File(s) stored somewhere else
Please note: Linked content is NOT stored on Open Access Te Herenga Waka-Victoria University of Wellington and we can't guarantee its availability, quality, security or accept any liability.
Changes in the analysis of temporal community dynamics data: A 29-year literature review
journal contributionposted on 2021-11-03, 07:05 authored by HL Buckley, Nicola DayNicola Day, G Lear, BS Case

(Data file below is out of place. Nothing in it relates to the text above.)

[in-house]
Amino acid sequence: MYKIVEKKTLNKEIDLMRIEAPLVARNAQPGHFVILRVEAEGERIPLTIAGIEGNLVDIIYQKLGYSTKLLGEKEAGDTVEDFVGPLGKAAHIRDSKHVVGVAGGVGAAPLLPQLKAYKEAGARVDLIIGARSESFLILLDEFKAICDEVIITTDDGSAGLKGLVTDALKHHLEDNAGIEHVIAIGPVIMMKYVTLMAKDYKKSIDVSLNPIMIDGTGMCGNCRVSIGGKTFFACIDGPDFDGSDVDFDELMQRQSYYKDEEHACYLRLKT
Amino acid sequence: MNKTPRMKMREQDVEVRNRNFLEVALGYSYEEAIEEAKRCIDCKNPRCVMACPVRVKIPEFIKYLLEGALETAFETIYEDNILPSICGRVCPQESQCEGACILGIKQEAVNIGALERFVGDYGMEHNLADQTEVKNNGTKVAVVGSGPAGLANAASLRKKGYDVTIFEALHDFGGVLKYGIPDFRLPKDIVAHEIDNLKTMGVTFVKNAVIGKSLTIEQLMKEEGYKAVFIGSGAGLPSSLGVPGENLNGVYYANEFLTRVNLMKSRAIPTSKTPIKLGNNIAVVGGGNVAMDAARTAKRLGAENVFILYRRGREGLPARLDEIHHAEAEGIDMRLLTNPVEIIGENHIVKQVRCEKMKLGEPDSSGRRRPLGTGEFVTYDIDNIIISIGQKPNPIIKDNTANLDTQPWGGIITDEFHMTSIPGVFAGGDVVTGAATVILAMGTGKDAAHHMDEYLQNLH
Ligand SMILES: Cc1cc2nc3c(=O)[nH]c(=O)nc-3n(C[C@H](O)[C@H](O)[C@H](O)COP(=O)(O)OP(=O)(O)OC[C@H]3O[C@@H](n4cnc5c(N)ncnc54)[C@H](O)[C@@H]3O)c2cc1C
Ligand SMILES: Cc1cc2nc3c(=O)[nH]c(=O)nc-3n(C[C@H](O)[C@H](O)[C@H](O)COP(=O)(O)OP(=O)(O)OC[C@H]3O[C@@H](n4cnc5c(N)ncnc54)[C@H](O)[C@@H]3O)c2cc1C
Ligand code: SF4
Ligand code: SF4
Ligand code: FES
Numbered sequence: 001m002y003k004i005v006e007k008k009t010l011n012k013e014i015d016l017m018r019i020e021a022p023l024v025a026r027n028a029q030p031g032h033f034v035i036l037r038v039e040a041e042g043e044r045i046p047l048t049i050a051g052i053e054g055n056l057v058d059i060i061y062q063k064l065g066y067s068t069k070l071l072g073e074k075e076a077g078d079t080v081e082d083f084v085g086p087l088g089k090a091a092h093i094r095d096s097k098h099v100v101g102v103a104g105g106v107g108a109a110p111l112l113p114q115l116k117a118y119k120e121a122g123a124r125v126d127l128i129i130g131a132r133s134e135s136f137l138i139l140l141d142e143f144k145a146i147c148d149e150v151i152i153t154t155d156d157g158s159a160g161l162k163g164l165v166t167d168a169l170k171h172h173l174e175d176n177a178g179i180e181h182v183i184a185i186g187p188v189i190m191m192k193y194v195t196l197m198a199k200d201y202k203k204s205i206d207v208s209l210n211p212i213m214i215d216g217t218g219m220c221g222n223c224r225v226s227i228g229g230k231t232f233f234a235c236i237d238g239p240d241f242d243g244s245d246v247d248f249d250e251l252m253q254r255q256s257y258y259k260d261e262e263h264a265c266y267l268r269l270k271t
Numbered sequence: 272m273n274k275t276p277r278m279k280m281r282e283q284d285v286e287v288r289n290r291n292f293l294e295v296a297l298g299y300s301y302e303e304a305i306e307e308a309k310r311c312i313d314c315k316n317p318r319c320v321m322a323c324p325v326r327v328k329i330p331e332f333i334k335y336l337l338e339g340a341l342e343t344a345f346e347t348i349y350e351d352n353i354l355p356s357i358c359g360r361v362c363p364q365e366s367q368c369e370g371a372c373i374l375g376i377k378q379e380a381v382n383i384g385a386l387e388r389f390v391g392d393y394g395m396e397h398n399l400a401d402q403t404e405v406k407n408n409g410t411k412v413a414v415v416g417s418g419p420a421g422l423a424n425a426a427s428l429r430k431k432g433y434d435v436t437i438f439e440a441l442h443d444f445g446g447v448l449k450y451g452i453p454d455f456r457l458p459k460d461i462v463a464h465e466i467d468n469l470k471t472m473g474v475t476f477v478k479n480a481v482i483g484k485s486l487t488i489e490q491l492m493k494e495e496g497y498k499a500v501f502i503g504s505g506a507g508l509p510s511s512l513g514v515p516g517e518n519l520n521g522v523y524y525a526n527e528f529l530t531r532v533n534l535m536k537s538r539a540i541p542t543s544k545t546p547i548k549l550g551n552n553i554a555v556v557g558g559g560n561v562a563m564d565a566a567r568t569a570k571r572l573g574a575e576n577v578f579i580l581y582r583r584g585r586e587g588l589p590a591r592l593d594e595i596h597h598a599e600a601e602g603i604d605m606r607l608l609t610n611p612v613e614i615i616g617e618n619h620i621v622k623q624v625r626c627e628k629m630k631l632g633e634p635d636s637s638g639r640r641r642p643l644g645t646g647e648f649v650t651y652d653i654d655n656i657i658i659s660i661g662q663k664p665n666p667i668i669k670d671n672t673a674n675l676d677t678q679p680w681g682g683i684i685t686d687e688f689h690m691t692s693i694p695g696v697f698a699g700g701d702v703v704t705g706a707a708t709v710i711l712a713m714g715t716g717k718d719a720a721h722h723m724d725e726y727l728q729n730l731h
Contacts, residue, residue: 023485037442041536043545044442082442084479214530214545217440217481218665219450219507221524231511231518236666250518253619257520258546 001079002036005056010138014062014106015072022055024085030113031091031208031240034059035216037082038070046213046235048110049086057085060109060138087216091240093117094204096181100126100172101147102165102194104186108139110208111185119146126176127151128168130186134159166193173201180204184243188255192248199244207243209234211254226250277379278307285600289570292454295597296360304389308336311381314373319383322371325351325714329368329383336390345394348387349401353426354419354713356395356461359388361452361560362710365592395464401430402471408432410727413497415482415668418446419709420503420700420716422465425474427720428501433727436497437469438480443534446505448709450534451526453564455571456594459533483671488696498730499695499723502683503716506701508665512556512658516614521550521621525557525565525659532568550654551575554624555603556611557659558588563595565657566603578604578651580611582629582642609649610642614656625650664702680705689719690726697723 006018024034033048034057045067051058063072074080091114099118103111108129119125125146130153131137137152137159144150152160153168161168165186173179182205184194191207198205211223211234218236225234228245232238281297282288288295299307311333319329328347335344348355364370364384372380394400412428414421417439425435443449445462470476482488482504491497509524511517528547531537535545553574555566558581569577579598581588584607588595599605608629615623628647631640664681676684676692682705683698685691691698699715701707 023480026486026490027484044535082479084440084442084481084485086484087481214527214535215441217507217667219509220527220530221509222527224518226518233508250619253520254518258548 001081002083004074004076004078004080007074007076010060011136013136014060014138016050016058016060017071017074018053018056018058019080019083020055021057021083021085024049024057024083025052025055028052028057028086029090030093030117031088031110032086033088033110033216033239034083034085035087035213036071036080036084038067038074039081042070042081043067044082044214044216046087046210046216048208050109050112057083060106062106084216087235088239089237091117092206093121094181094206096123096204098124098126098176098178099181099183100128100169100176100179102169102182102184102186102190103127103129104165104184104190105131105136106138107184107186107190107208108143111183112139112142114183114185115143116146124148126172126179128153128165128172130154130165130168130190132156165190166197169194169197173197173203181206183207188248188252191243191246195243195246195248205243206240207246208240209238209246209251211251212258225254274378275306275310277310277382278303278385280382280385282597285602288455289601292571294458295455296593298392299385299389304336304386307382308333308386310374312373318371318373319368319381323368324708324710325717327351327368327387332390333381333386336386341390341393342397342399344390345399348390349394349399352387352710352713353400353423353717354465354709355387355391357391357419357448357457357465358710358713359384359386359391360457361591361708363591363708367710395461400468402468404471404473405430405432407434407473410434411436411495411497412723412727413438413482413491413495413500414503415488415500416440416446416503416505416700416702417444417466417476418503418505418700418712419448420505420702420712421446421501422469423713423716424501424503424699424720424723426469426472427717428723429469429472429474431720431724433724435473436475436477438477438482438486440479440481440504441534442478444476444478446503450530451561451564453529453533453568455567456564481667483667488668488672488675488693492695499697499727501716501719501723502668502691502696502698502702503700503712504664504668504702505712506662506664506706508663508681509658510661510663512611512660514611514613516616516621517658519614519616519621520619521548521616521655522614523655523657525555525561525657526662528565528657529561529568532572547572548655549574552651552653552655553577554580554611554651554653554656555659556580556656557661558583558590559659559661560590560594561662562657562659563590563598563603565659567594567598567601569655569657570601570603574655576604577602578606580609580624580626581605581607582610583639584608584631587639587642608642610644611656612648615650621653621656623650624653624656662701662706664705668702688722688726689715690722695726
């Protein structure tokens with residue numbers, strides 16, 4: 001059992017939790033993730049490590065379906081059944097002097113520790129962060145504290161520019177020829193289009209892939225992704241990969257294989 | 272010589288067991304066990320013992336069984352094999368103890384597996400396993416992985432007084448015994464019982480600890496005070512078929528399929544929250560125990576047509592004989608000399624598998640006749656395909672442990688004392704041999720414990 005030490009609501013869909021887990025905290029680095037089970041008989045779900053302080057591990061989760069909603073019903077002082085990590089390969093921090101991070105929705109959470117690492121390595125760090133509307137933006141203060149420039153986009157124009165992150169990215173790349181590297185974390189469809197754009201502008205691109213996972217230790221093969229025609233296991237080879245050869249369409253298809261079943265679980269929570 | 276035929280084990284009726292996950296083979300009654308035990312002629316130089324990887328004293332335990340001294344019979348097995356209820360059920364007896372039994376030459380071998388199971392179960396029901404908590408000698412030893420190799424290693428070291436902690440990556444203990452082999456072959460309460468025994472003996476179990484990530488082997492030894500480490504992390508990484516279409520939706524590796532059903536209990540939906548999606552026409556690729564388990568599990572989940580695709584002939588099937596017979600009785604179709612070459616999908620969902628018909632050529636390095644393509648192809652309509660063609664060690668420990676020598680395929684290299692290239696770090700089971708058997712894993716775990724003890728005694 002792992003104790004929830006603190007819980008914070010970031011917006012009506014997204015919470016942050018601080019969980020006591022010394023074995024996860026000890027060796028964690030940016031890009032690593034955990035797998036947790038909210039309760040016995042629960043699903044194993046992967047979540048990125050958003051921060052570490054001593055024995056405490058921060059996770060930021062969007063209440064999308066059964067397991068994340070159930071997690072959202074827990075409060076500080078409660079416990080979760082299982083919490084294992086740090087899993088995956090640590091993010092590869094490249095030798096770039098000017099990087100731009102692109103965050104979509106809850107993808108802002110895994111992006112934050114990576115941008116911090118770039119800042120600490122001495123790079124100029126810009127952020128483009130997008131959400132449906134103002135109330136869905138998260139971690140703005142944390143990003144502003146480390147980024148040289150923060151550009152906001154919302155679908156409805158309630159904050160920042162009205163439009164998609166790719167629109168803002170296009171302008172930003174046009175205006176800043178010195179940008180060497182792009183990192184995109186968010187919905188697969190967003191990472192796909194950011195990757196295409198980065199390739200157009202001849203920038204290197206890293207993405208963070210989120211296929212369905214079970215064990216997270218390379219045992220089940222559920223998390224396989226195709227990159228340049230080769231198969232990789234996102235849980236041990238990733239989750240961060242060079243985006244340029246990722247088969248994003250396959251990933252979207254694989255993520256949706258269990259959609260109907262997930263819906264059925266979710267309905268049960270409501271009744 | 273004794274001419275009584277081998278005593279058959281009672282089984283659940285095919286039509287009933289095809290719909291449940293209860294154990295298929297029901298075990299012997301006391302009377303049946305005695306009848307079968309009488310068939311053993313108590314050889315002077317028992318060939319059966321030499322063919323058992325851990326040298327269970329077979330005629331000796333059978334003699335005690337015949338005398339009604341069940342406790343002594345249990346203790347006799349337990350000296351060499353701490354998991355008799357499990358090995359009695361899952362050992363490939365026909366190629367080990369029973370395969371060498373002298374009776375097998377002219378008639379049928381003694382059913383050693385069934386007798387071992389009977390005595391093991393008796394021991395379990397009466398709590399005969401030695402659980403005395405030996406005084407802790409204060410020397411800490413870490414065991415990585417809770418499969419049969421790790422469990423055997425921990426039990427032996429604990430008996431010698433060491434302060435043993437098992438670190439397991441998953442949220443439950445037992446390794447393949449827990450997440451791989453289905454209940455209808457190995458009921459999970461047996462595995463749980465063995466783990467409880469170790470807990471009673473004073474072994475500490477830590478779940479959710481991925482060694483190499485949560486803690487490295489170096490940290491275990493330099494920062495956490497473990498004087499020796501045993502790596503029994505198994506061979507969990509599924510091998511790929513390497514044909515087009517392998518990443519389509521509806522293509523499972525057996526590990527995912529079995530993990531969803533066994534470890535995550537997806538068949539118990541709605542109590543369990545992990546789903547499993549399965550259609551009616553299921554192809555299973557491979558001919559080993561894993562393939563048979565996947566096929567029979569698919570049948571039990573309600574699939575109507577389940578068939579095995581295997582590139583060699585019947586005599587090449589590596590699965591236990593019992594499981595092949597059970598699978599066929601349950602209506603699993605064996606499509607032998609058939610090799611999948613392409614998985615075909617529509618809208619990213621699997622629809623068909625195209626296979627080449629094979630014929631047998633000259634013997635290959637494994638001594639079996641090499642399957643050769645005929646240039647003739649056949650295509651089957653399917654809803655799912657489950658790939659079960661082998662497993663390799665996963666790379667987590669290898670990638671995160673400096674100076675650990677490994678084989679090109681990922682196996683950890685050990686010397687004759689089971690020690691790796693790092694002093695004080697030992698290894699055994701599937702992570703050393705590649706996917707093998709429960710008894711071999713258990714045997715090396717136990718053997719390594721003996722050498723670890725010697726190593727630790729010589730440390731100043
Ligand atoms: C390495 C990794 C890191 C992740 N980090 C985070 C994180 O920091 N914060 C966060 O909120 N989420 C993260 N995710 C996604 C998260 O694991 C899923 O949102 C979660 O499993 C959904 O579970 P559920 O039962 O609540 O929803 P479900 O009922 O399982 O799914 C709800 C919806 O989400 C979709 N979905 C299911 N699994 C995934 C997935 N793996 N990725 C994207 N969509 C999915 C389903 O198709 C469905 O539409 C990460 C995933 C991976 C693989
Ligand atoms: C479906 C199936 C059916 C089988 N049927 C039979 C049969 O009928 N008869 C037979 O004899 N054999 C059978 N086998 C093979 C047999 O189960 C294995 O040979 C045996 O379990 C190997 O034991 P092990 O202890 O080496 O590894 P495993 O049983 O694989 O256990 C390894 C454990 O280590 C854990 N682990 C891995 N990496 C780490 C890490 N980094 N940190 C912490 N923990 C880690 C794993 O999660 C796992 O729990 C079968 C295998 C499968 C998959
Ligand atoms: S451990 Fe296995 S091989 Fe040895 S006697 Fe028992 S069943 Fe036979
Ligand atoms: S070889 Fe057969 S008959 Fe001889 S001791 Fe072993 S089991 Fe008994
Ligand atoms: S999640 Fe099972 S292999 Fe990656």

Background: Understanding how biological communities change over time is of increasing importance as Earth moves into the Anthropocene. A wide variety of methods are used for multivariate community analysis and are variously applied to research that aims to characterise temporal dynamics in community composition. Understanding these methods and how they are applied is useful for determining best practice in community ecology. Methodology: We reviewed the ecological literature from 1990 to 2018 that used multivariate methods to address questions of temporal community dynamics. For each paper that fulfilled our search criteria, we recorded the types of multivariate analysis used to characterise temporal community dynamics in addition to the research aim, habitat type, location, taxon and the experimental design. Results: Most studies had relatively few temporal replicates; the median number was seven time points. Nearly 70% of studies applied more than one analysis method; descriptive methods such as bar graphs and ordination were the most commonly applied methods. Surprisingly, the types of analyses used were only related to the number of temporal replicates, but not to research aim or any other aspects of experimental design such as taxon, or habitat or year of study. Conclusions: This review reveals that most studies interested in understanding community dynamics use relatively short time series meaning that several, more sophisticated, temporal analyses are not widely applicable. However, newer methods using multivariate dissimilarities are growing in popularity and many can be applied to time series of any length.